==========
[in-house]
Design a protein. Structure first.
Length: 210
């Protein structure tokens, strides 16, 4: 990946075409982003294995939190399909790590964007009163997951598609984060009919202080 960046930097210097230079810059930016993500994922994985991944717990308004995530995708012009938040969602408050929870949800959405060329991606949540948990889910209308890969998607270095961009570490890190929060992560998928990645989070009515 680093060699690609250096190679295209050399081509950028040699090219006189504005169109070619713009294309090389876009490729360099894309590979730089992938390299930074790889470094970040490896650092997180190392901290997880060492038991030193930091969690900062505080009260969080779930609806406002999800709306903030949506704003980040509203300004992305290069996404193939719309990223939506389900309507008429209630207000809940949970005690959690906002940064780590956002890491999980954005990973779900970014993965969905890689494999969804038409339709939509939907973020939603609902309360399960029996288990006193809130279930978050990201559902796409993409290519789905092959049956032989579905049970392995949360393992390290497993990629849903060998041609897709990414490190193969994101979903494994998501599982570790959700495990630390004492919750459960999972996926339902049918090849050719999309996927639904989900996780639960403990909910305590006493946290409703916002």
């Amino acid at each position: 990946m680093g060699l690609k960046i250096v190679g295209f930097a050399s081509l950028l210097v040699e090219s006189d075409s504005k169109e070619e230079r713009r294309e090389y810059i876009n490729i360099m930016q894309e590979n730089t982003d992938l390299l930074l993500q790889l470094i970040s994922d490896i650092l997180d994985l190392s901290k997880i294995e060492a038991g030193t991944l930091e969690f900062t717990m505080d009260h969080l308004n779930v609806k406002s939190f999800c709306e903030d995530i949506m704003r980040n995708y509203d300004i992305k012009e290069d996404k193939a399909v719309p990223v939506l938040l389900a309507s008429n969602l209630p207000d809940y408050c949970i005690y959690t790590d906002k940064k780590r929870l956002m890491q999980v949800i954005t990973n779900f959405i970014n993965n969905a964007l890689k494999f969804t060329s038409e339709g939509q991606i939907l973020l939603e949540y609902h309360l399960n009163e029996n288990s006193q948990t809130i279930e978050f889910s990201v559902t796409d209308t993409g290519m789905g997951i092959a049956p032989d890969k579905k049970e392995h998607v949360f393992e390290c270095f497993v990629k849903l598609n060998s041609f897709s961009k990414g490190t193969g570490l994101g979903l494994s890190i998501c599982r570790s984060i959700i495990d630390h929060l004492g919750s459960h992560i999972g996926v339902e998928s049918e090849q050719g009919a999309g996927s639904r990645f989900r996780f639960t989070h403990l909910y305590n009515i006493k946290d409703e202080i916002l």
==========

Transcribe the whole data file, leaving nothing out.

[in-house]
Design a protein. Structure first.
Length: 210
């Protein structure tokens, strides 16, 4: 990946075409982003294995939190399909790590964007009163997951598609984060009919202080 960046930097210097230079810059930016993500994922994985991944717990308004995530995708012009938040969602408050929870949800959405060329991606949540948990889910209308890969998607270095961009570490890190929060992560998928990645989070009515 680093060699690609250096190679295209050399081509950028040699090219006189504005169109070619713009294309090389876009490729360099894309590979730089992938390299930074790889470094970040490896650092997180190392901290997880060492038991030193930091969690900062505080009260969080779930609806406002999800709306903030949506704003980040509203300004992305290069996404193939719309990223939506389900309507008429209630207000809940949970005690959690906002940064780590956002890491999980954005990973779900970014993965969905890689494999969804038409339709939509939907973020939603609902309360399960029996288990006193809130279930978050990201559902796409993409290519789905092959049956032989579905049970392995949360393992390290497993990629849903060998041609897709990414490190193969994101979903494994998501599982570790959700495990630390004492919750459960999972996926339902049918090849050719999309996927639904989900996780639960403990909910305590006493946290409703916002």
């Amino acid at each position: 990946m680093g060699l690609k960046i250096v190679g295209f930097a050399s081509l950028l210097v040699e090219s006189d075409s504005k169109e070619e230079r713009r294309e090389y810059i876009n490729i360099m930016q894309e590979n730089t982003d992938l390299l930074l993500q790889l470094i970040s994922d490896i650092l997180d994985l190392s901290k997880i294995e060492a038991g030193t991944l930091e969690f900062t717990m505080d009260h969080l308004n779930v609806k406002s939190f999800c709306e903030d995530i949506m704003r980040n995708y509203d300004i992305k012009e290069d996404k193939a399909v719309p990223v939506l938040l389900a309507s008429n969602l209630p207000d809940y408050c949970i005690y959690t790590d906002k940064k780590r929870l956002m890491q999980v949800i954005t990973n779900f959405i970014n993965n969905a964007l890689k494999f969804t060329s038409e339709g939509q991606i939907l973020l939603e949540y609902h309360l399960n009163e029996n288990s006193q948990t809130i279930e978050f889910s990201v559902t796409d209308t993409g290519m789905g997951i092959a049956p032989d890969k579905k049970e392995h998607v949360f393992e390290c270095f497993v990629k849903l598609n060998s041609f897709s961009k990414g490190t193969g570490l994101g979903l494994s890190i998501c599982r570790s984060i959700i495990d630390h929060l004492g919750s459960h992560i999972g996926v339902e998928s049918e090849q050719g009919a999309g996927s639904r990645f989900r996780f639960t989070h403990l909910y305590n009515i006493k946290d409703e202080i916002l």